RICHMOND, Va. -- The first shipments of the COVID-19 vaccine produced by Pfizer arrived in Virginia on Monday.
Both Bon Secours, which serves the Richmond-area, and Sentara Healthcare, which services Williamsburg and Hampton Roads, released pictures and videos of its facilities receiving a shipment of the vaccine.
The Virginia Department of Health (VDH) said 18 healthcare systems, three on Monday and 15 on Tuesday, around the Commonwealth will received shipments. Those systems are ones that have the ultra-cold-storage equipment necessary to handle the vaccine as it needs to be kept at minus 94 degrees Fahrenheit.
In total, the Commonwealth is supposed to get over 72,000 doses in this first shipment.
Health care workers who deal directly with COVID-19 patients will be the first to receive the vaccine.
After that, others in the healthcare field and people in long-term care facilities will be in that first group to be vaccinated. In total, VDH estimates are 500,000 in those two groups.
The majority of vaccination efforts in the long-term care facilities will be handled by teams from CVS and Walgreens pharmacies through a partnership with the federal government.
"They will come on site to the nursing facilities and assisted living facilities to administer the vaccine...and they'll go around the room if they need to," said Keith Hare, CEO of Virginia Health Care Association/Virginia Center for Assisted Living."Because, particularly in nursing homes, the patients are what's called "non-ambulatory", meaning that they don't traditionally have the ability to get up and move around the facility on their own and they need a significant amount of assistance because of their health care needs."
Hare said the vaccination teams will visit each location three times.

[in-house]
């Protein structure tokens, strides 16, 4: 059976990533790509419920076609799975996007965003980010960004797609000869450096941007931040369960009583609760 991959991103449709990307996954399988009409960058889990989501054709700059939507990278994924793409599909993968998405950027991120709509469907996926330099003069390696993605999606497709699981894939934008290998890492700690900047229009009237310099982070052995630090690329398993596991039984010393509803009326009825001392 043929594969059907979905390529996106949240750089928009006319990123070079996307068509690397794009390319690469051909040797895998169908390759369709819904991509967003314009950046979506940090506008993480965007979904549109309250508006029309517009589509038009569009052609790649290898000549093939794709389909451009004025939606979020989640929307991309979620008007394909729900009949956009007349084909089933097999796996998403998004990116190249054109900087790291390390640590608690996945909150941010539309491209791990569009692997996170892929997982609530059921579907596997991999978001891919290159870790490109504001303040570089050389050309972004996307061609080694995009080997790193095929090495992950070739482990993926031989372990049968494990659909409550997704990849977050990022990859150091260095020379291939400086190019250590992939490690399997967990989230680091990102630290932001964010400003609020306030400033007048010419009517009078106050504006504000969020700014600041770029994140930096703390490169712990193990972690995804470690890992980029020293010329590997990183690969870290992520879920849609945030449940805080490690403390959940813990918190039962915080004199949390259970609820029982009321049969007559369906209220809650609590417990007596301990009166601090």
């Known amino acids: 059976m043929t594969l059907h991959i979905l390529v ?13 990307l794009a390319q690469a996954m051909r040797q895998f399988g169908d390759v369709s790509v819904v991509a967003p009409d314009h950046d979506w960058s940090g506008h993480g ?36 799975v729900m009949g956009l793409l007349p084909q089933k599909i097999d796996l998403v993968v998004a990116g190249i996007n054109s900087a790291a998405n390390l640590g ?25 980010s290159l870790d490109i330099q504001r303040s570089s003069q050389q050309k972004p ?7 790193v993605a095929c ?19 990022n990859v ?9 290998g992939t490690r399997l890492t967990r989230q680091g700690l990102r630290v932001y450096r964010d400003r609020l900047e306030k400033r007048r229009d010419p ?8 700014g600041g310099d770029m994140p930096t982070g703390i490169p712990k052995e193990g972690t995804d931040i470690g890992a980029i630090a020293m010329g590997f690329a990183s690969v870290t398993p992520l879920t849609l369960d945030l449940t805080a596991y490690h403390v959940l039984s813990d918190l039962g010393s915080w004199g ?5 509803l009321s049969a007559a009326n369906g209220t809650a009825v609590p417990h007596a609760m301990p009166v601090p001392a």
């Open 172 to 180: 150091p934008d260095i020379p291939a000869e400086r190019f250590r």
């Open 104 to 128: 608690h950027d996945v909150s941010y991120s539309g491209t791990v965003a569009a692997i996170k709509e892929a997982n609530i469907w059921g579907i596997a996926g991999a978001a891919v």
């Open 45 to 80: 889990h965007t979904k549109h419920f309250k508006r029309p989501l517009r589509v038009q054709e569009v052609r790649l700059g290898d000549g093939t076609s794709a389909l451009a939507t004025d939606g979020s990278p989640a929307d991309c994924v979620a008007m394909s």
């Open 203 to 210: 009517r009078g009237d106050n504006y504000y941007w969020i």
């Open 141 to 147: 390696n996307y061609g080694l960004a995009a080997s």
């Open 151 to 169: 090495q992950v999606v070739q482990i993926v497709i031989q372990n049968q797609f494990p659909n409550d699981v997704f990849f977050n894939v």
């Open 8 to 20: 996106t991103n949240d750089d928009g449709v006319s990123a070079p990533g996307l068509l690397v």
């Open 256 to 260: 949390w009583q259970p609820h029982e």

"The first time they come they'll inoculate every single worker and every single resident patient while they're there. When they come back the second time, if anybody who was not there or if there's a new resident or caregiver that did not receive the first dosage, then they will receive that first round of the vaccination then," said Hare. "And then, when they come back the third time, they will provide the second dose to those individuals that received their first dose."
"While public health and healthcare partners -- we're thrilled at this next phase of the response, we all know it's time to get our hands dirty and really get a big job done," Dr. Laurie Forlano, VDH’s Deputy Commissioner for Population Health, said. "So it's just a lot of excitement. And a little bit of a sigh of relief. It's nice to see a glimpse of the light at the end of this really long tunnel."
Of the nearly 3 million doses in this initial U.S. shipment from Pfizer, Operation Warp Speed is sending more than 72,000 doses to Virginia.
Dr. Forlano said the state was anticipating around 480,000 doses by the end of the year and hope for vaccination of the general population to occur in the spring and summer.
She added even when people get vaccinated, they should still follow social distancing guidelines like mask-wearing, handing washing.
"Particularly important right now when the surge of cases is fairly significant in all regions of Virginia," she said. "So those prevention strategies still remain in play until we learn more about the effectiveness of the vaccine and how it impacts transmission."